Protein Total Pericardial Fluid Test is used to measure total protein in the pericardial fluid (a fluid made in the pericardium). This test helps to differentiate between two types of fluids transudates and exudates.
The pericardium is a double-layered protective membrane that surrounds the heart. This membrane produces pericardial fluid which acts as a lubricant for the heart movements. It also reduces the friction of the heart while pumping blood. The condition of excess accumulation of this fluid in the pericardium can cause pericarditis (swelling of the pericardium).
An infection, injury or inflammation of the pericardium may cause accumulation of fluid in it. The fluid that builds up, in this case, is known as an exudate. Conditions like autoimmune diseases such as rheumatoid arthritis (pain and swelling of joints), or lupus, infections, metastatic cancer (cancer that spread from one site to another), and lymphoma (a blood cancer that affects white blood cell) can cause this type of fluid. Exudates are cloudy fluid with increased levels of protein and cell count.
The pressure imbalance within the blood vessels results in fluid leakage from blood vessels. The fluid that builds up, in this case, is known as a transudate. Conditions such as congestive heart failure, or liver cirrhosis can cause this type of fluid. Transudates are clear fluid with decreased levels of protein and cell count.
This test helps to determine the type of fluid present based on the protein levels. It is important to identify the possible causes of fluid accumulation and inflammation of the pericardium.
This test is performed to diagnose the conditions or diseases that can cause fluid accumulation in the pericardium and/ or pericarditis (swelling of the membrane surrounding the heart). Your doctor may ask to perform this test if you experience any signs and symptoms of pericarditis such as chills, fever, chest pain, changes in heart rhythm, enlarged heart, shortness of breath, cough, muscle pains, diarrhea, nausea or vomiting, etc. However, if an infection is suspected a few more additional tests may also be performed to find the exact cause of the infection.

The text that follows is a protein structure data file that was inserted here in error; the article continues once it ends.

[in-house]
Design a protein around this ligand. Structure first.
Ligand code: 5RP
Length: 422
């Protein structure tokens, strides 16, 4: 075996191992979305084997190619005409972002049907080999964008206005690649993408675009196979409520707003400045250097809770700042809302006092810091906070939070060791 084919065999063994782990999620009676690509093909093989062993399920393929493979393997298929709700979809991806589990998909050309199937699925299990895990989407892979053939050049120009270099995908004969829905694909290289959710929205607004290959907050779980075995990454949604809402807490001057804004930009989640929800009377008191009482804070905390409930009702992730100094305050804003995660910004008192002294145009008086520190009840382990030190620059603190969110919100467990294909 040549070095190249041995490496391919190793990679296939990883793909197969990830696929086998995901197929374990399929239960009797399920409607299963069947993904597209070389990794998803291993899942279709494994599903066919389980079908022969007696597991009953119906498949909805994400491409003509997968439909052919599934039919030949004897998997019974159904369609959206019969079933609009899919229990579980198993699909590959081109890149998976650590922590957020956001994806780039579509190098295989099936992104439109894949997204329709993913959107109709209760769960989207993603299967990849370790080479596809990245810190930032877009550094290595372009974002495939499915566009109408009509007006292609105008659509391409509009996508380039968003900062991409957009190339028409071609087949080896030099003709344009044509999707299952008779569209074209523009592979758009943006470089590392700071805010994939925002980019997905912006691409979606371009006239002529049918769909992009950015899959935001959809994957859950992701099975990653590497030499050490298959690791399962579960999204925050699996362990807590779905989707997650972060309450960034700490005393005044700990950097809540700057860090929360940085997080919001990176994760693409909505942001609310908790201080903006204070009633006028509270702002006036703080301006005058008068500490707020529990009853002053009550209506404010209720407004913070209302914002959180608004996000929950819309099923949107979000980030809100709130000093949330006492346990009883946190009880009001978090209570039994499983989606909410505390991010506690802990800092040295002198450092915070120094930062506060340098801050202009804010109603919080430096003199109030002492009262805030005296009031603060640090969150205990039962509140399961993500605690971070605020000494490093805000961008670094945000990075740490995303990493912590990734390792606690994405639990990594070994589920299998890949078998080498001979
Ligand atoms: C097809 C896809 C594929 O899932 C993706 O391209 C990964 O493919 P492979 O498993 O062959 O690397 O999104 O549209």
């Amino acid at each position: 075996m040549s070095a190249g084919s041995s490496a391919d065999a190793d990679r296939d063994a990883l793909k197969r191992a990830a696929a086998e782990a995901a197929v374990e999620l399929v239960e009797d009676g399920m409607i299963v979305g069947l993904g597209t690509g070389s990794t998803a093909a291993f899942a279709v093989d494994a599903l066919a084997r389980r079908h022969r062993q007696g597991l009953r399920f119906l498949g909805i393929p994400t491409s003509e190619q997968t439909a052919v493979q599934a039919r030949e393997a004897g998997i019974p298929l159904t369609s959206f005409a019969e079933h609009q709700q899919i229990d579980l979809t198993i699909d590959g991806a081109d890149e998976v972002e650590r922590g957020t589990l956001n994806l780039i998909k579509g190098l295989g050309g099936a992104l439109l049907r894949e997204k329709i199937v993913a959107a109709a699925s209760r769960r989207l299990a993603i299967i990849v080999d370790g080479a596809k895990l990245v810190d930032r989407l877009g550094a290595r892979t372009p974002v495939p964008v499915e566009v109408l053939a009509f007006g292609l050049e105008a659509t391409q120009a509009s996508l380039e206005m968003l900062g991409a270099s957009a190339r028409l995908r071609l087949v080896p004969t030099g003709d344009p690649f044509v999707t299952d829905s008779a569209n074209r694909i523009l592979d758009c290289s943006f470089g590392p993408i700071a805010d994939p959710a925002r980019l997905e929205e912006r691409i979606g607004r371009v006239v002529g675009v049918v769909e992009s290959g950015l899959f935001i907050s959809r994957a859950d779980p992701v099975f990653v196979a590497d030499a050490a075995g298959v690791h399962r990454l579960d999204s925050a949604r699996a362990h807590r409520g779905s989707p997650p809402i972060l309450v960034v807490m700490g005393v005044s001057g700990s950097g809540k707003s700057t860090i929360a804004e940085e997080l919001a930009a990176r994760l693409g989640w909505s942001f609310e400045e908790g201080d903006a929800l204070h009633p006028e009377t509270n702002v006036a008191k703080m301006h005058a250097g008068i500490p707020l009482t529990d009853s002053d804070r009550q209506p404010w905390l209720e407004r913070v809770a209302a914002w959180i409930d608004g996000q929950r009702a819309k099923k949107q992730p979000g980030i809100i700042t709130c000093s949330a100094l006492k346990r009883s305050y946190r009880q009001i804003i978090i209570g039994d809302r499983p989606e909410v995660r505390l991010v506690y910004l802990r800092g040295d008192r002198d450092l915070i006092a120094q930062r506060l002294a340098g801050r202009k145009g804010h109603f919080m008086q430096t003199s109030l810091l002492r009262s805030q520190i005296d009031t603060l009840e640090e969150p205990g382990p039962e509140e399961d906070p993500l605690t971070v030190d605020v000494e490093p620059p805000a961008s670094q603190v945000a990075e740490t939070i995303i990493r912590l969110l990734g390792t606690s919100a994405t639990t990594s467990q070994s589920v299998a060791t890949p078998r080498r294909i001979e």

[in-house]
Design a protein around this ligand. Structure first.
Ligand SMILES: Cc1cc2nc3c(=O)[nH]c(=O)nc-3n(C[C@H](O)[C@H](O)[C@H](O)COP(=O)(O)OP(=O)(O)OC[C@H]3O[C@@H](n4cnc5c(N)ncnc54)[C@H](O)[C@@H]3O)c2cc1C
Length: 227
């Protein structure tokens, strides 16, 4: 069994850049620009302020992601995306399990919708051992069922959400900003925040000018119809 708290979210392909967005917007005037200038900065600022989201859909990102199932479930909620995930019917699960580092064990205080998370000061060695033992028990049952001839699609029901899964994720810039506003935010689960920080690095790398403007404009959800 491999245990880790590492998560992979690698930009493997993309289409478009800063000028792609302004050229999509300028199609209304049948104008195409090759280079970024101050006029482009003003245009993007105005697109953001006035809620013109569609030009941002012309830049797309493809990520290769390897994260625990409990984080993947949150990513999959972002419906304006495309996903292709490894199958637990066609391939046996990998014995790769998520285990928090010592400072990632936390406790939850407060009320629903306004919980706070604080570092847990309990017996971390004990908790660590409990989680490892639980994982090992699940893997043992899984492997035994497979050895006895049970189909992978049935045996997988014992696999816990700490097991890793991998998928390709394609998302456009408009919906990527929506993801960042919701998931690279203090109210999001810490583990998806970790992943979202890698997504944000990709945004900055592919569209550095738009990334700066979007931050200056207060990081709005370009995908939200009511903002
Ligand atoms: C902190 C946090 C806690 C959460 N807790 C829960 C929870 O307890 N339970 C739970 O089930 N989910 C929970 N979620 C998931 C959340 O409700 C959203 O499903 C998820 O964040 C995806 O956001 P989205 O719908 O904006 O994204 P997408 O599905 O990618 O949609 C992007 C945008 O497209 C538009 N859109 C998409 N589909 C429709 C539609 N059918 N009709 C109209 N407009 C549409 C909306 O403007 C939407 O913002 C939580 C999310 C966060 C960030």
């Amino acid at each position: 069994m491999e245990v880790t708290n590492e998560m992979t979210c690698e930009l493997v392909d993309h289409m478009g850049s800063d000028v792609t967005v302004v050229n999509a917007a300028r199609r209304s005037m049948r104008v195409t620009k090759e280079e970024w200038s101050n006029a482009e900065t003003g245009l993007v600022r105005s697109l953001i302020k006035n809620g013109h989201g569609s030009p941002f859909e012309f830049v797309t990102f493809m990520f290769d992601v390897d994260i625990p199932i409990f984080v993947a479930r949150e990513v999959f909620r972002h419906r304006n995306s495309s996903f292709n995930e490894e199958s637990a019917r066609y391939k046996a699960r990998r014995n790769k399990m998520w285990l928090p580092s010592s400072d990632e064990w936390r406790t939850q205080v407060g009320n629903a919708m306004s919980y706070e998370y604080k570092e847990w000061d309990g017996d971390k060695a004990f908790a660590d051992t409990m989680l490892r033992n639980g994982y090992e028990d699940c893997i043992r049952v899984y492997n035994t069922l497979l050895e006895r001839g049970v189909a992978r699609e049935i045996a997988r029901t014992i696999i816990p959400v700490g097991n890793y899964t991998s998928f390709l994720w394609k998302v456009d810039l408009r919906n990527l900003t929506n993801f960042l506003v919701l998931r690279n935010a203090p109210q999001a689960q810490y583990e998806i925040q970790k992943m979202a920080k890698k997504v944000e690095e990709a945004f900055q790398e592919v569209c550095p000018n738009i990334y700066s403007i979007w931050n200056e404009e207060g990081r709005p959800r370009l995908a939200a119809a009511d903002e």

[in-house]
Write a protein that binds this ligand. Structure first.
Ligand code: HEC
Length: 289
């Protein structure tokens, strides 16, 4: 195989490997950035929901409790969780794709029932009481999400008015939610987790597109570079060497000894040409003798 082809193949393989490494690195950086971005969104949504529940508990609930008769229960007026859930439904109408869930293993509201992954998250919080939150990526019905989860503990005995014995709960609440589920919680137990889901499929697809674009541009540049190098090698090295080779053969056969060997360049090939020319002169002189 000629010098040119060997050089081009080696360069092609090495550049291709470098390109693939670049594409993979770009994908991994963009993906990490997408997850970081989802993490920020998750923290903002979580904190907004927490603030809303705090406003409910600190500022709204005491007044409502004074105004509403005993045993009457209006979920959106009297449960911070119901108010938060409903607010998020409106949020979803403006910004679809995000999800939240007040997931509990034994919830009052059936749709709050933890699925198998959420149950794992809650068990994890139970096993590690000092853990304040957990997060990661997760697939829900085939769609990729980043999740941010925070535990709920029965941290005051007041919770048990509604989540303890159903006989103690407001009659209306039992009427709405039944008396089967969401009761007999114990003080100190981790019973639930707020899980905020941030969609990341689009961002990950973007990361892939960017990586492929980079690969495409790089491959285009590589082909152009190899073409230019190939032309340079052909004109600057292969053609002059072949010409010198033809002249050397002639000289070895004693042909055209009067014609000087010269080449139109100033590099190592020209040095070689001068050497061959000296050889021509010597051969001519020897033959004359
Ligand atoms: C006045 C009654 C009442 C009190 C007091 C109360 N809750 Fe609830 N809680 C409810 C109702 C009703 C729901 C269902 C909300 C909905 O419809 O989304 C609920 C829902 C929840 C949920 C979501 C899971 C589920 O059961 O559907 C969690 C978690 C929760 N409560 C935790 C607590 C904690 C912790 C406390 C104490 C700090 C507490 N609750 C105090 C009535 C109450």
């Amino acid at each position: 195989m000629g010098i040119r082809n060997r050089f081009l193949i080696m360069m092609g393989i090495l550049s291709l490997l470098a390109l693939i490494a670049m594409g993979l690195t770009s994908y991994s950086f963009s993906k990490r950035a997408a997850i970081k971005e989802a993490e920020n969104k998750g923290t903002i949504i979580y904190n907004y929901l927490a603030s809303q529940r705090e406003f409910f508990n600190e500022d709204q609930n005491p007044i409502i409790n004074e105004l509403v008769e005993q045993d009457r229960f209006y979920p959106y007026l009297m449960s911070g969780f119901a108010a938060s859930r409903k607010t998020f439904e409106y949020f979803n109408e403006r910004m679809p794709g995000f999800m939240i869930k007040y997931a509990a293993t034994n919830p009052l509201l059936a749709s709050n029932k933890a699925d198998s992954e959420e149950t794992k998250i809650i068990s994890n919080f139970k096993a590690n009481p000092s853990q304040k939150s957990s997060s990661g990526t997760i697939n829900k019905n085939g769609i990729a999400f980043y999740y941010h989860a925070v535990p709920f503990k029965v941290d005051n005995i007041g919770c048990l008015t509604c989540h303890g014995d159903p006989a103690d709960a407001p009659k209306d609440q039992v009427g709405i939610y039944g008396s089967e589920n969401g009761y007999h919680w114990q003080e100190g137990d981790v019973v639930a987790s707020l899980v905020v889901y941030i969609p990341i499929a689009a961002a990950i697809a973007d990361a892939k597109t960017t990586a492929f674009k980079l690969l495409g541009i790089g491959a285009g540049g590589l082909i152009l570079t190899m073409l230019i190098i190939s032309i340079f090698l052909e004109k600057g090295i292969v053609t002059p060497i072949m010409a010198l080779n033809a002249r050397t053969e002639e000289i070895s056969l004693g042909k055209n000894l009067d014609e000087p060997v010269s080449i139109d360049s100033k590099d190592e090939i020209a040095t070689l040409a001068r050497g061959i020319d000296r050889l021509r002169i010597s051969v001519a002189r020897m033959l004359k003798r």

Inform your doctor if you are on any medications, have any allergies or underlying medical conditions before your Protein Total Pericardial Fluid. Your doctor will give specific instructions depending on your condition on how to prepare for Protein Total Pericardial Fluid.
No specific preparation is required for this test. However, follow all the instructions given by your healthcare provider.
If the test results show high levels of proteins than the normal range in the fluid, it may indicate that the type of fluid is exudate. Conditions that may cause exudates are infections, trauma (injury), autoimmune diseases such as rheumatoid arthritis (pain and swelling of joints), or lupus, metastatic cancer (cancer that spread from one site to another), and lymphoma (a blood cancer that affects white blood cell), etc. However, a few more additional tests may also be performed depending on the suspected cause and typical results to diagnose the exact cause of the condition.
If the test results show low levels of proteins than the normal range in the fluid, it may indicate that the type of fluid is transudate. Conditions such as congestive heart failure, or liver cirrhosis can cause this type of fluid.
If you get abnormal test results, consult with your doctor immediately. Based on the test results, your doctor may advise you appropriate medical treatments or further diagnostic tests.
|UNISEX||All age groups||The normal values are reported by the pathologist|